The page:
Linton landmark gets listed status

PUBLISHED: 16:32 20 August 2008 | UPDATED: 21:32 31 May 2010

Pepperpot Water Tower gets listed status.
Linton.
August 12, 2008.
Photograph by Michael Boyton.
Pic shows: The tower as seen from Tower View in Linton.
Names (L-R):

Pepperpot Water Tower gets listed status. Linton. August 12, 2008. Photograph by Michael Boyton. Pic shows: The tower as seen from Tower View in Linton. Names (L-R):

AN ICONIC village landmark has been safeguarded for the future after it was awarded listed building status. Linton s water tower, known locally as the pepper pot because of its distinctive dodecagonal design, was granted Grade II Listed Building status fo

AN ICONIC village landmark has been safeguarded for the future after it was awarded listed building status.

Linton's water tower, known locally as the pepper pot because of its distinctive dodecagonal design, was granted Grade II Listed Building status following a campaign from the parish council.

Deputy chairman of Linton Parish Council Esther Cornell said: "We are delighted this iconic building has been given listed building status. It is the only one of its kind and is very important to the village."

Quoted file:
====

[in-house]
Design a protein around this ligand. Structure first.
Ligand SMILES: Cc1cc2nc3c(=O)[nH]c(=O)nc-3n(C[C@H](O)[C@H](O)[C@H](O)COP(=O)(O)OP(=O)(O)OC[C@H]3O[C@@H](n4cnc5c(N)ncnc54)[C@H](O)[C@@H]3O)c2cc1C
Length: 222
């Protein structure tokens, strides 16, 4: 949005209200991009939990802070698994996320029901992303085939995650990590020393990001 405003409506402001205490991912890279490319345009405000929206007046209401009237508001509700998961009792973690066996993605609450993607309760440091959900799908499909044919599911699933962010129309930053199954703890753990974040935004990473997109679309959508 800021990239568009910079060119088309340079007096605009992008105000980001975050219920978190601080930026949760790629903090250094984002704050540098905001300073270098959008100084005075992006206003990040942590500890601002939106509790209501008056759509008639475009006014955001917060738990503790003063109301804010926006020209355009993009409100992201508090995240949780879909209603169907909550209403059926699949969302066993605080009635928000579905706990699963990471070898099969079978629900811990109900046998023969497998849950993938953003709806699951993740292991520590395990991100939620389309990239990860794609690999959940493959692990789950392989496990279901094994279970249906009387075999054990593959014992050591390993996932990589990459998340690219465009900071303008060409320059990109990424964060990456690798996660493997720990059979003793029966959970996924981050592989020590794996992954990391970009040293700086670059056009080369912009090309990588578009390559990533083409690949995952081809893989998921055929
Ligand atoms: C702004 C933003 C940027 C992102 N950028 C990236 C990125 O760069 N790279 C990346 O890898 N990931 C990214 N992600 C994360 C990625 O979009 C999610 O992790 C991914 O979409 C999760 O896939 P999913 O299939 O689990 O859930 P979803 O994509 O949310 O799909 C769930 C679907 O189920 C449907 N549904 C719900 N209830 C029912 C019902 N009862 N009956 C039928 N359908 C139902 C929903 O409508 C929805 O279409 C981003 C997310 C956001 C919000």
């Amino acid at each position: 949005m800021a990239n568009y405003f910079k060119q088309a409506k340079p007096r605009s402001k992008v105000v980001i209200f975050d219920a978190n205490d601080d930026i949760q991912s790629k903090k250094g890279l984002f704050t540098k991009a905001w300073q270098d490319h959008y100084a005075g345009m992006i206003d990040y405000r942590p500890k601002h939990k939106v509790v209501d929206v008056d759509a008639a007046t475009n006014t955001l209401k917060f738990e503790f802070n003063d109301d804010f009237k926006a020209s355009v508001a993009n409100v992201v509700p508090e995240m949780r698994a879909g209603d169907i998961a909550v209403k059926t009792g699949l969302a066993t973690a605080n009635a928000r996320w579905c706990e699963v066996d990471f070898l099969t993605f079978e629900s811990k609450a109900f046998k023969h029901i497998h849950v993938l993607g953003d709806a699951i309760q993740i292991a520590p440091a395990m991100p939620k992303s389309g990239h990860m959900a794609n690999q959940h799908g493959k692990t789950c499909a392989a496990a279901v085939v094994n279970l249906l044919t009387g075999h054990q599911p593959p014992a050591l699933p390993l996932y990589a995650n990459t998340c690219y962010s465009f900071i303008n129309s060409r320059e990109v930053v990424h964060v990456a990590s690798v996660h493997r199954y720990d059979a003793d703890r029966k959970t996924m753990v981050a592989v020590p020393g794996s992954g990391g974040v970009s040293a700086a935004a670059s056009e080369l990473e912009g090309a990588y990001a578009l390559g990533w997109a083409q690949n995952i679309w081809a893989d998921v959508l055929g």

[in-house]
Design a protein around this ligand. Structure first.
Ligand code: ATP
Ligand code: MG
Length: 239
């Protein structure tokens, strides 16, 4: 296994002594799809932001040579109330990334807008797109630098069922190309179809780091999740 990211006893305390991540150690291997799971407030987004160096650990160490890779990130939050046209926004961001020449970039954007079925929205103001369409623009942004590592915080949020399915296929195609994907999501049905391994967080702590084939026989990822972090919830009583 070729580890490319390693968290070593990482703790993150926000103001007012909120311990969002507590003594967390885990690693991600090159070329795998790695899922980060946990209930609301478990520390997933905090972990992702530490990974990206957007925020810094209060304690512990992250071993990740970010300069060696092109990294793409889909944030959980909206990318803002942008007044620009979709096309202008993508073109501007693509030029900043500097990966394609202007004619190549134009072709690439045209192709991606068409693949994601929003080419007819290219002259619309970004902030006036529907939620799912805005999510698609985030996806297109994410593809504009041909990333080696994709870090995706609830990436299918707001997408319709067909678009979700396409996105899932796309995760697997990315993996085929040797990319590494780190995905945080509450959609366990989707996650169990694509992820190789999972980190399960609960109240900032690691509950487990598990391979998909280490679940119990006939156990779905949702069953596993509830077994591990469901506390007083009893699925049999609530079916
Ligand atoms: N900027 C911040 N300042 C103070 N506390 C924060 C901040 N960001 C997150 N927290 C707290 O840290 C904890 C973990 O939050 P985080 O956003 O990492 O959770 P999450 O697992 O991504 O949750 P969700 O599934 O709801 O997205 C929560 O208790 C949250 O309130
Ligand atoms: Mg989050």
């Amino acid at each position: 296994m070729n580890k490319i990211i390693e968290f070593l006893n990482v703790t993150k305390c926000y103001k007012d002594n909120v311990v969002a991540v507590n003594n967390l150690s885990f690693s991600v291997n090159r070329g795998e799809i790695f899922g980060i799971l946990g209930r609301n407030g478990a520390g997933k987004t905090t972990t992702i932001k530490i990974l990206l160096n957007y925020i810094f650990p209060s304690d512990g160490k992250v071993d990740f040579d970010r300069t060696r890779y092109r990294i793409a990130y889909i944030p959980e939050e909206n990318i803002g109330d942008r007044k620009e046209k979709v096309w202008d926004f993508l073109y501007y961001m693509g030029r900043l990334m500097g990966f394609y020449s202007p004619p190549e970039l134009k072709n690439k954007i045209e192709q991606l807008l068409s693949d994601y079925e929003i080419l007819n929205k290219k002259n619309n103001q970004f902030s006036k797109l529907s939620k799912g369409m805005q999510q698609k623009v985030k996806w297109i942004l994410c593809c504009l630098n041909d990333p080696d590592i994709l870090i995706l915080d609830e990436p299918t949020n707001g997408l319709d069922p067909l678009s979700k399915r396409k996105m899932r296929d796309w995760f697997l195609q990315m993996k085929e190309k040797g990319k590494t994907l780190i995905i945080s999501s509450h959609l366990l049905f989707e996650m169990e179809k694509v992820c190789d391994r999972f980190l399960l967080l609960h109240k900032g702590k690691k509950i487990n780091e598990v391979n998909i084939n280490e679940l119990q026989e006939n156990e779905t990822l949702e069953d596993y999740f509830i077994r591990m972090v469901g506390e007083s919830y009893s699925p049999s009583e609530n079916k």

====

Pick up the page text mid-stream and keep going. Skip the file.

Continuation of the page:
Built more than 70 years ago the 33-metre-high structure provided running water for Linton and the surrounding villages including Abington, Hildersham and the Camps.

Standing tall on Rivey Hill the water tower's prominent position ensures its mark on the Linton landscape and in the minds of the people.

"It has come to mean a lot to the people who live here and many local organisations have used the pepper pot as part of their logo," said Cllr Cornell.

The tower was built as part of the Linton water scheme - a council-led project set up after water shortages in the area during the 1920s and 1930s.

Construction of the tower, which can hold up to 87,500 gallons of water, began in 1935 with the work being done by H J Paintin Ltd, Linton builders and undertakers. The workforce was drawn mainly from local families and the tower was completed in 1936.

Local historian Garth Collard said that although building the brickwork around the original steel frame cost about £4000 the whole project, including running the pipes to the surrounding villages, came in at £42,000.

The tower stopped serving Linton in the 1960s, but is still owned by the Cambridge Water Company.

An application was submitted by the parish council to English Heritage to protect the tower last August. The Grade II status was granted earlier this month.

At a meeting of Linton Parish Council last Thursday Cllr Cornell said the tower was a striking example of Art Deco design and, unusually for its date, was constructed in brick rather than concrete in order to harmonise with the landscape.

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